• While the national economy stagnates, Oklahoma has created over 57,900 new jobs since Jan 2011
• Because of that job growth, unemployment in Oklahoma stands at only 5.2 %, one of top ten lowest unemployment rates in the nation.
• And we’ve gone from having just $2 in our emergency Rainy Day Fund to having record highs of over $570 million … a number that’s only recently decreased (to $530 million) in order to respond to the Moore tornado and other May storms
Those are the kind of real results Americans are looking for, and they come from the policies of Jefferson, not the policies of today’s Washington. Oklahoma, and states like it, are helping to offer a successful alternative to big government and big spending.
Now before I go, I just want to briefly address the question, “where do we go from here?”
I think the next frontier and the next important task for all of us is education and workforce development. Without a highly skilled workforce, America’s economy and its prospects for the future will fall behind those of other nations.
Already, studies show that we are falling behind, with American high school students ranking 25th in math, 17th in science and 14th in reading in a comparison with 34 other industrialized nations. We are starting to correct that course.
As chairman of the National Governors Association, I am also working to lead a national dialogue about closing our education and skills gap.
On Sunday, I introduced my chair’s initiative, called America Works: Education and Training for Tomorrow’s jobs.
My initiative recognizes that the “new minimum” for achieving the middle class is some kind of post-secondary education – either a college degree, a career tech certificate or some form of vocational training.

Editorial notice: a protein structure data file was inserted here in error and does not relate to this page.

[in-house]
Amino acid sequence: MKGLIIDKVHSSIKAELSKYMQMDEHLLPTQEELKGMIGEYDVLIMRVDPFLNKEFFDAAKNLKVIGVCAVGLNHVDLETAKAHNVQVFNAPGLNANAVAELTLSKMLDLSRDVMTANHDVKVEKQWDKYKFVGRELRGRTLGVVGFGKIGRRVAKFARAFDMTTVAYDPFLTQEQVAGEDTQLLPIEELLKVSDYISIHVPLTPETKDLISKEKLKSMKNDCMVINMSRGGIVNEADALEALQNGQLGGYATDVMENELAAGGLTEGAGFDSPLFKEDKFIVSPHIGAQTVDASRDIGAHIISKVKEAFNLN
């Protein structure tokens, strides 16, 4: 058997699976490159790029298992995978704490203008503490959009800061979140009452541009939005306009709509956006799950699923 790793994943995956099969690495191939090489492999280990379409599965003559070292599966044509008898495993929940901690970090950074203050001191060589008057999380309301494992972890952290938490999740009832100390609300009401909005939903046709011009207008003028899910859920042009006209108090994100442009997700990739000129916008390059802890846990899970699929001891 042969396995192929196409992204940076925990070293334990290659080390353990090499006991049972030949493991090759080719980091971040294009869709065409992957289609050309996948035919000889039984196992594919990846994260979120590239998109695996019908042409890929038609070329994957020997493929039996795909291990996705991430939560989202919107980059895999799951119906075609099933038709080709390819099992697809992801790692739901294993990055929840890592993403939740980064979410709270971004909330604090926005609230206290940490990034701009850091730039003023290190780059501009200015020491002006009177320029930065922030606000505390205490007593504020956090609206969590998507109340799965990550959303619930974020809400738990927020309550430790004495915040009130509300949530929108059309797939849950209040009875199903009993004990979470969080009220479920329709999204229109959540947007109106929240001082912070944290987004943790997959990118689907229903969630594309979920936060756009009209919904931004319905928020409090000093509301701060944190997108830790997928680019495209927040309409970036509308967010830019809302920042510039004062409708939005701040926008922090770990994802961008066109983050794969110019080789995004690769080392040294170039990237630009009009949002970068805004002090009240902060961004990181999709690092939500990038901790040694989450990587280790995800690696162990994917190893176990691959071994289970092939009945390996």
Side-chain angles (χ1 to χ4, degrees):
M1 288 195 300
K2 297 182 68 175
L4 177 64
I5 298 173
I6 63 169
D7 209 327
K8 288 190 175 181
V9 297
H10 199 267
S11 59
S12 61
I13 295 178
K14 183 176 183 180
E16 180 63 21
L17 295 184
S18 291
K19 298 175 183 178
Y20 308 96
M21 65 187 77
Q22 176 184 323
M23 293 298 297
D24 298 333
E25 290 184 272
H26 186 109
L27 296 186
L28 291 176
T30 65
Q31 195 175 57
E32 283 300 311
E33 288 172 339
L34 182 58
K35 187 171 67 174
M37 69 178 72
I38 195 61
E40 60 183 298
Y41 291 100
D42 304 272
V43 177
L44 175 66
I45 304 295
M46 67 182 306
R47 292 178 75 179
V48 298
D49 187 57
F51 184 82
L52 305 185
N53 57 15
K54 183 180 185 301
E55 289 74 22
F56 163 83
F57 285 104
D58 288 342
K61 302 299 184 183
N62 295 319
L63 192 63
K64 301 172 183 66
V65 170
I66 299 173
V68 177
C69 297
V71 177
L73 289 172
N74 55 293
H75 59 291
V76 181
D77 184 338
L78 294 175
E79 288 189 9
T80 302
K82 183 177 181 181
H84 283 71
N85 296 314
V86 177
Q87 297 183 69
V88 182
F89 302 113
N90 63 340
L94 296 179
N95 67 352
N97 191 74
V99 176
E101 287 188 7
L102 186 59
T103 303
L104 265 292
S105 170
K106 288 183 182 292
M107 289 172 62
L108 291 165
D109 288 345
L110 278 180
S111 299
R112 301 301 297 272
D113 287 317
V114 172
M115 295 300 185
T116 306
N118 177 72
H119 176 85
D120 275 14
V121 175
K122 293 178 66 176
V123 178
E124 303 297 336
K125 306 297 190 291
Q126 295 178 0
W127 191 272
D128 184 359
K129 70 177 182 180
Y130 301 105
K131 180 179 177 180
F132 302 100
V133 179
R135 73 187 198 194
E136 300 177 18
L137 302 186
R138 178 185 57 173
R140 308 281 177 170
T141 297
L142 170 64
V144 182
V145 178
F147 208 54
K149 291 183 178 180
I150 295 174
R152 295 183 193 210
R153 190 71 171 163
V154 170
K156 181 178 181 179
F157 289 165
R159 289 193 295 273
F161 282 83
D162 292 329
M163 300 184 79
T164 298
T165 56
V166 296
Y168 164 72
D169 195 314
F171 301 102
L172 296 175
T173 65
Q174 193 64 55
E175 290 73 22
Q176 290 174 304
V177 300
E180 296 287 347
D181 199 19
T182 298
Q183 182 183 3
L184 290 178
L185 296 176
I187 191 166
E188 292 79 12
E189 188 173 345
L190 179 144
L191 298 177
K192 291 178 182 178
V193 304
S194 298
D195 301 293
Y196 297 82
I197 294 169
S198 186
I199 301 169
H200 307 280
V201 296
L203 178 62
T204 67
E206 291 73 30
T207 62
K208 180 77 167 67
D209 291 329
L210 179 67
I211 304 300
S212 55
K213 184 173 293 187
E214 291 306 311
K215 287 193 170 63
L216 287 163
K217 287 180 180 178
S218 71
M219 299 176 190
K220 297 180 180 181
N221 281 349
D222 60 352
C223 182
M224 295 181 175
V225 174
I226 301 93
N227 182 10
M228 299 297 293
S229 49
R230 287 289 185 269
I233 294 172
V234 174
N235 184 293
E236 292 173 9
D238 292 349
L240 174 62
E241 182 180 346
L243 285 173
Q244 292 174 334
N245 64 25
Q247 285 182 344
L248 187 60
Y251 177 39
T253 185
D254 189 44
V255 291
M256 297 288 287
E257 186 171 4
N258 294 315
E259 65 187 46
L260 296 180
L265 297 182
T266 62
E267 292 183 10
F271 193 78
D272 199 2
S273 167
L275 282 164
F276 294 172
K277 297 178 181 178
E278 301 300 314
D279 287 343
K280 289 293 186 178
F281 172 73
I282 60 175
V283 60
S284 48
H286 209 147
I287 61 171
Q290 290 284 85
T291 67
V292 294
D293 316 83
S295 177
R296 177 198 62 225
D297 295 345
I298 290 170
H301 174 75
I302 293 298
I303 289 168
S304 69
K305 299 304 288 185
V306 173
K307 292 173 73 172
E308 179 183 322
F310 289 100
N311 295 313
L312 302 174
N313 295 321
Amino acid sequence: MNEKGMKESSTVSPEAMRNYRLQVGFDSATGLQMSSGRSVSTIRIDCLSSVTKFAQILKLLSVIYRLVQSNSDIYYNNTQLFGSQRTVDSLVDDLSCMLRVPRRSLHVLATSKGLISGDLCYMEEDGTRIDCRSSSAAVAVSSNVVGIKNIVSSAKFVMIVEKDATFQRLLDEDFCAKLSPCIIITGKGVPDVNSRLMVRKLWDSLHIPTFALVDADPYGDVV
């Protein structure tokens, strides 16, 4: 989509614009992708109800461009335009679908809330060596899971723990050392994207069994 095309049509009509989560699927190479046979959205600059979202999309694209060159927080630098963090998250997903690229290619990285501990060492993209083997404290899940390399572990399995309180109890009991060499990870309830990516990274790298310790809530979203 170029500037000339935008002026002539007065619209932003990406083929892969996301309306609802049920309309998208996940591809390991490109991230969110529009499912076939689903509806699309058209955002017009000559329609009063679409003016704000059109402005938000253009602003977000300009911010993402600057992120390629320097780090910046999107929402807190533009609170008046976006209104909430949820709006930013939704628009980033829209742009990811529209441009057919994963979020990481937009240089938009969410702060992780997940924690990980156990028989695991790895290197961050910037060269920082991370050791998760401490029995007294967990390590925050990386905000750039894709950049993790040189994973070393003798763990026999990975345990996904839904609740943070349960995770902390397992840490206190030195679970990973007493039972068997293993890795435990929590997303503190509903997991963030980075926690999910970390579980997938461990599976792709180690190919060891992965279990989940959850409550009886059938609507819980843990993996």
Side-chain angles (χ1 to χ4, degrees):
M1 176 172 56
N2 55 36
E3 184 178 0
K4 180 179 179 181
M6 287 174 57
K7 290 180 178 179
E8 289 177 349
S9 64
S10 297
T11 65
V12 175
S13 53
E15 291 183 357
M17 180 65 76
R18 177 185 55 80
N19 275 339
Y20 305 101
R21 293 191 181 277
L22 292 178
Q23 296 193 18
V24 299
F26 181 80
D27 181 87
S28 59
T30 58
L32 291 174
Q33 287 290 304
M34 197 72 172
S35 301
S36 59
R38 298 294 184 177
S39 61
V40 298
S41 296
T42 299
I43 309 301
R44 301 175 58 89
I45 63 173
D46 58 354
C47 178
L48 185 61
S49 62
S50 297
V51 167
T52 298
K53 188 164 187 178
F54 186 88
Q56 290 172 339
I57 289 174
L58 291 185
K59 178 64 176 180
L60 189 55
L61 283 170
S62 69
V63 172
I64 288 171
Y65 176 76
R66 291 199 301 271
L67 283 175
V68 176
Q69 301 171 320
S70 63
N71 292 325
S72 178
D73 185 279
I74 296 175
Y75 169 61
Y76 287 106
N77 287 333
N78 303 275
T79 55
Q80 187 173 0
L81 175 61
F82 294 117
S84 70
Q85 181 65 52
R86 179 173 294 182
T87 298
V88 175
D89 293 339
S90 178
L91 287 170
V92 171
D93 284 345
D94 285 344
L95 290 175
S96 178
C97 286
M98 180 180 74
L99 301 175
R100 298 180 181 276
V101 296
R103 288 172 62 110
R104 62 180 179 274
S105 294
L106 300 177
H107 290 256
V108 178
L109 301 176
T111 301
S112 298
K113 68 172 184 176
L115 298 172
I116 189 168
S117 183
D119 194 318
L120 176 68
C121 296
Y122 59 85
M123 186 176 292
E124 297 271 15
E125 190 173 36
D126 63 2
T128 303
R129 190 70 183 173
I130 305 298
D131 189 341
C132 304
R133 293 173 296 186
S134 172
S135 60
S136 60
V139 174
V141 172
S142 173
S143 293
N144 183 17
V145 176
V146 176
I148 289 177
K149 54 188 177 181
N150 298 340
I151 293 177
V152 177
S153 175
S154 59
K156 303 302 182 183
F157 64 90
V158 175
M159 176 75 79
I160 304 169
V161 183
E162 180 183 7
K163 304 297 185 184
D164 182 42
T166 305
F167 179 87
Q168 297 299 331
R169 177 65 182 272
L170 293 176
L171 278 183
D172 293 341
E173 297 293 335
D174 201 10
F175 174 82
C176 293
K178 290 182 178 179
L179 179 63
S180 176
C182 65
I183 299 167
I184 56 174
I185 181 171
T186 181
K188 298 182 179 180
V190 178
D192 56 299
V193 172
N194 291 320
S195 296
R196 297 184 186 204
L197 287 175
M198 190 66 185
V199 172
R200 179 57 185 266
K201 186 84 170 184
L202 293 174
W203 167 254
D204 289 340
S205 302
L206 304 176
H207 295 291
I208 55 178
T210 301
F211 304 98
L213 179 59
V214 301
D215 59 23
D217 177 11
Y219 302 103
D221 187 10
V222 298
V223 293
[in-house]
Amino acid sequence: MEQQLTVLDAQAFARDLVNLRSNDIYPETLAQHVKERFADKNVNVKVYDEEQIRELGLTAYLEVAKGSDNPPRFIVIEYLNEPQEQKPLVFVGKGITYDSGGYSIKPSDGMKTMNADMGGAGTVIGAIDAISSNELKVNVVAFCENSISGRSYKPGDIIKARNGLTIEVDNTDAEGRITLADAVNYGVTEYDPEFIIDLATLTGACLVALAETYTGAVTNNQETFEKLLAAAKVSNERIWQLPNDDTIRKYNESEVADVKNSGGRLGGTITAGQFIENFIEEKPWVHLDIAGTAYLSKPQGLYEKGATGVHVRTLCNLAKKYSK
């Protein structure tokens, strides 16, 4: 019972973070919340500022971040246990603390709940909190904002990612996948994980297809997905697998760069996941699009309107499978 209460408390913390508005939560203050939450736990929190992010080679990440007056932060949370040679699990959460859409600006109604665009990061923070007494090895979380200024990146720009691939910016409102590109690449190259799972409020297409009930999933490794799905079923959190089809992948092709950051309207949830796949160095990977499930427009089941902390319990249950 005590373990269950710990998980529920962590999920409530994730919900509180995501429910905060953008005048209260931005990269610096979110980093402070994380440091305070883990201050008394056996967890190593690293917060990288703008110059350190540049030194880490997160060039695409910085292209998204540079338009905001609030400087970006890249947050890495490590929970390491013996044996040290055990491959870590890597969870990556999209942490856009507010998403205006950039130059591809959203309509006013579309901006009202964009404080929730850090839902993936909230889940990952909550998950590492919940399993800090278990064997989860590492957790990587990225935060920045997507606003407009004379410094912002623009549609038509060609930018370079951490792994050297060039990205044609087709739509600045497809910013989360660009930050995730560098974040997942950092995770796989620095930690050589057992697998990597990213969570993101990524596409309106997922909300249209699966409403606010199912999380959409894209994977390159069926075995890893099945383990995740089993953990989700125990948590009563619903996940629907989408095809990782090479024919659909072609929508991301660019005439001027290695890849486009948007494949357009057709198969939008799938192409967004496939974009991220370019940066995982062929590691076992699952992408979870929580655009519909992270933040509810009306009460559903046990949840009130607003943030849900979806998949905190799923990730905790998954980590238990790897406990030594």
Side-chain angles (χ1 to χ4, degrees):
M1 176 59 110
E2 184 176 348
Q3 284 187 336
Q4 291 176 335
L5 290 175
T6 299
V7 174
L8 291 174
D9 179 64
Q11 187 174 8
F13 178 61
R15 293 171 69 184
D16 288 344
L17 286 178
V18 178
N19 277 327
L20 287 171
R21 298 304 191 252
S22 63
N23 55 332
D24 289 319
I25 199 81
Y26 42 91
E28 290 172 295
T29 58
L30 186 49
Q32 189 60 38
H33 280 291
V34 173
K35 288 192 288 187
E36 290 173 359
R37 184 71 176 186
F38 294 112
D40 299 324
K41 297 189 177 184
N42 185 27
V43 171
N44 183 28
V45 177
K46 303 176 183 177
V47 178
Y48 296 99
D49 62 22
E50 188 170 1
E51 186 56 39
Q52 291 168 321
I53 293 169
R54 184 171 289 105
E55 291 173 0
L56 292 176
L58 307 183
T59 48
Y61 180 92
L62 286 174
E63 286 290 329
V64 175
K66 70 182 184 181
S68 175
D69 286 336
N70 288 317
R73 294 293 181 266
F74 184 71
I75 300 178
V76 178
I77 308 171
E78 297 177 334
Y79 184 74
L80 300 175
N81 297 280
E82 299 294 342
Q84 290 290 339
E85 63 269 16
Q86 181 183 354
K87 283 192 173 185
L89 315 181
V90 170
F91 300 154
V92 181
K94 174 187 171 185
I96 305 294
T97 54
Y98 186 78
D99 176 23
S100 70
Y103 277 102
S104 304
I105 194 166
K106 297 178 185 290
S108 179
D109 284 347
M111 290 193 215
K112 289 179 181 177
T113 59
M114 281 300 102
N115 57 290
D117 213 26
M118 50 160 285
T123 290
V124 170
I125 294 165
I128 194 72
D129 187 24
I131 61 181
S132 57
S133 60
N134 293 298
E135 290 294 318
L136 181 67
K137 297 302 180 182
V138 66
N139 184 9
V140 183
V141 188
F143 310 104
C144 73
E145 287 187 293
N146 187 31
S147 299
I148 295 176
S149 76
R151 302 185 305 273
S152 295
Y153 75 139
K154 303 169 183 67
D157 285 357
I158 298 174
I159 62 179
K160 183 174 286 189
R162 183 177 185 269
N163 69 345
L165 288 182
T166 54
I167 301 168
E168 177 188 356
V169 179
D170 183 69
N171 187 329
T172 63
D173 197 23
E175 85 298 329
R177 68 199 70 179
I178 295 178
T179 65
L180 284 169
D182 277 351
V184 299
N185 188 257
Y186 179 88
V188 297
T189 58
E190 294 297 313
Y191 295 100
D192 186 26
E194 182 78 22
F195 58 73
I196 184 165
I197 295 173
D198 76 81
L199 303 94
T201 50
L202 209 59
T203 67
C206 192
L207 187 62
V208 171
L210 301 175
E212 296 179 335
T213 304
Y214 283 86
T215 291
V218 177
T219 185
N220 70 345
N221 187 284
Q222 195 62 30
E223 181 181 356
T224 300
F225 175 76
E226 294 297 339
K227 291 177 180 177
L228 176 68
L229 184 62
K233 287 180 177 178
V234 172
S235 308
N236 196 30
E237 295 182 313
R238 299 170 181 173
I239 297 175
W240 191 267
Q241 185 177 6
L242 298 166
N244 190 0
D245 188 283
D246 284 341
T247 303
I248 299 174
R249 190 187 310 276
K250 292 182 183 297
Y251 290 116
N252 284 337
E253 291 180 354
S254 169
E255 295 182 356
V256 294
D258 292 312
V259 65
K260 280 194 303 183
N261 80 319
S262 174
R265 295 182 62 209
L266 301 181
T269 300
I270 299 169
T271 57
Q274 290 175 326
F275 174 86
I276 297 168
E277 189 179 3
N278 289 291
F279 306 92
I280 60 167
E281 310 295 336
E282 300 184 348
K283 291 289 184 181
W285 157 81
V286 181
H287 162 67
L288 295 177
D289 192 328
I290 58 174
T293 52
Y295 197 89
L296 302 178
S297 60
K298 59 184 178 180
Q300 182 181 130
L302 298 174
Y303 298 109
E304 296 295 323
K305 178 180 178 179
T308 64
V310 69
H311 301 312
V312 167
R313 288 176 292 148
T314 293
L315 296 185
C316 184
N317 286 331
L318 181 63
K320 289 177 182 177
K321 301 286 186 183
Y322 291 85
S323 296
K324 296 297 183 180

Nearly 50 years ago, 75 percent jobs only required a high school diploma or less, and most paid a good wage. That number today has dropped to 40 percent. And while that still represents a significant percentage of the job market, less than a third of the jobs available to high school graduates and dropouts pay more than $25,000 a year. In other words, it is clear that a high school diploma is no longer adequate to guarantee a good job and a middle class life.
Studies show that trend continuing. In Oklahoma, we expect only 23 percent of the jobs created between 2010 and 2020 to be available to those with a high school degree or less. The rest will require vocational or associates degrees, college degrees, or some additional education or formal training beyond high school.
The problem is that Oklahoma, like the rest of the country, doesn’t yet have the workforce it needs to keep up with the demands for higher levels of education.
While 77 percent of jobs created by 2020 in Oklahoma will require education beyond high school, only 54 percent of our workforce fits those criteria. If that gap is not closed, those jobs will go elsewhere.
States across the country are facing similar problems: a skills gap that needs closing if they are to be able to create and retain the high paying, high skill, jobs of the future.
The America Works initiative aims to help close that gap by engaging education, business and government leaders in a dialogue about what governors can do to more closely align K-12 education, universities, community and technical colleges and workforce training providers with future labor demands.
It will also marshal the resources of the NGA in supporting governors and their staffs in using data and information to identify states’ future labor demands, prioritize changes in state education and workforce training systems, and take action to boost their workforces.
We hope to provide a working roadmap for every state to align their educational outcomes with workforce needs. It will be a federalist, state based project that will help us tackle this problem without intrusive mandates from Washington. If we apply the energy and enthusiasm I’ve seen at this conference to fixing education in the United States, I know this is a problem we can solve.
Again, thank you again for honoring me with this award and for allowing me to join you for this important annual meeting.
Your efforts are helping to redirect America to the principles our Founders laid out, and with that, provide for a better and brighter future for us all.
Enjoy hearing from your other great speakers, national leaders like Jeb Bush and Art Laffer. This is a great opportunity for all of us! Thank you!